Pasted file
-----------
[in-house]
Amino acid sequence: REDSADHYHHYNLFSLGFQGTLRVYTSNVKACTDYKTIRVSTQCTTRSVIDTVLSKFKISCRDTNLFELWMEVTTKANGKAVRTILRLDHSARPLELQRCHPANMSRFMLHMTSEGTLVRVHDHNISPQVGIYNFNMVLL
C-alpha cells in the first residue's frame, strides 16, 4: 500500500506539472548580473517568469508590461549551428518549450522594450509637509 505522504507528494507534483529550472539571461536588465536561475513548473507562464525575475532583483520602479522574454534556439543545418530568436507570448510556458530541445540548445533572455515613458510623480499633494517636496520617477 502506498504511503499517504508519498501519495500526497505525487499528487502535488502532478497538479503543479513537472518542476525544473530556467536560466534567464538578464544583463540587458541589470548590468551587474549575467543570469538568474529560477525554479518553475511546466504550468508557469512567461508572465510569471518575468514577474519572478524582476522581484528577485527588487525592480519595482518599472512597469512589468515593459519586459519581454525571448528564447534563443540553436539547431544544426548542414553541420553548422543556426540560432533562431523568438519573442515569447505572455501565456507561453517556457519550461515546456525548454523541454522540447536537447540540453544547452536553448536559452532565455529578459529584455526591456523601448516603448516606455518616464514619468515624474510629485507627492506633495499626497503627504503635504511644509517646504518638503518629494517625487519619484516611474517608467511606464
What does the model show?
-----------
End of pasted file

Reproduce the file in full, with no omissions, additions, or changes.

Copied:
[in-house]
Amino acid sequence: REDSADHYHHYNLFSLGFQGTLRVYTSNVKACTDYKTIRVSTQCTTRSVIDTVLSKFKISCRDTNLFELWMEVTTKANGKAVRTILRLDHSARPLELQRCHPANMSRFMLHMTSEGTLVRVHDHNISPQVGIYNFNMVLL
C-alpha cells in the first residue's frame, strides 16, 4: 500500500506539472548580473517568469508590461549551428518549450522594450509637509 505522504507528494507534483529550472539571461536588465536561475513548473507562464525575475532583483520602479522574454534556439543545418530568436507570448510556458530541445540548445533572455515613458510623480499633494517636496520617477 502506498504511503499517504508519498501519495500526497505525487499528487502535488502532478497538479503543479513537472518542476525544473530556467536560466534567464538578464544583463540587458541589470548590468551587474549575467543570469538568474529560477525554479518553475511546466504550468508557469512567461508572465510569471518575468514577474519572478524582476522581484528577485527588487525592480519595482518599472512597469512589468515593459519586459519581454525571448528564447534563443540553436539547431544544426548542414553541420553548422543556426540560432533562431523568438519573442515569447505572455501565456507561453517556457519550461515546456525548454523541454522540447536537447540540453544547452536553448536559452532565455529578459529584455526591456523601448516603448516606455518616464514619468515624474510629485507627492506633495499626497503627504503635504511644509517646504518638503518629494517625487519619484516611474517608467511606464
What does the model show?